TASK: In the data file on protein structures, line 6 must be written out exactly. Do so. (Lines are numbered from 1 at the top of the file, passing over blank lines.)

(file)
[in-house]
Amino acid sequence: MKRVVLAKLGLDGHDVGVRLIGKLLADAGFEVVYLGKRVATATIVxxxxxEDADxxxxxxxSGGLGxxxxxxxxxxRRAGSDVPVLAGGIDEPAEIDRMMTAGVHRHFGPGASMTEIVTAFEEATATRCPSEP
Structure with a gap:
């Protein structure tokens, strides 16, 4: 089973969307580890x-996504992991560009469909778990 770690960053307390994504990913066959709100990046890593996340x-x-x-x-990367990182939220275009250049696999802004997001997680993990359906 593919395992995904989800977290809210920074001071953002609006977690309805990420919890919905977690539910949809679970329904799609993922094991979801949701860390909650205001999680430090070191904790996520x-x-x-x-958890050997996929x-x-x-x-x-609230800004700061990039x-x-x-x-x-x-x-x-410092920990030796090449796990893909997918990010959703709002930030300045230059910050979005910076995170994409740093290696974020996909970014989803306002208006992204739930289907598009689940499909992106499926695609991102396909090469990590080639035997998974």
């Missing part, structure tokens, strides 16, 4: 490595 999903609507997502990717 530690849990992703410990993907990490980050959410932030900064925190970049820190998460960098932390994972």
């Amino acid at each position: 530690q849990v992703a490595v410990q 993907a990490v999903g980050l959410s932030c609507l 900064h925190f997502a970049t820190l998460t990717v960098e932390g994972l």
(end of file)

């Amino acid at each position: 530690q849990v992703a490595v410990q 993907a990490v999903g980050l959410s932030c609507l 900064h925190f997502a970049t820190l998460t990717v960098e932390g994972l």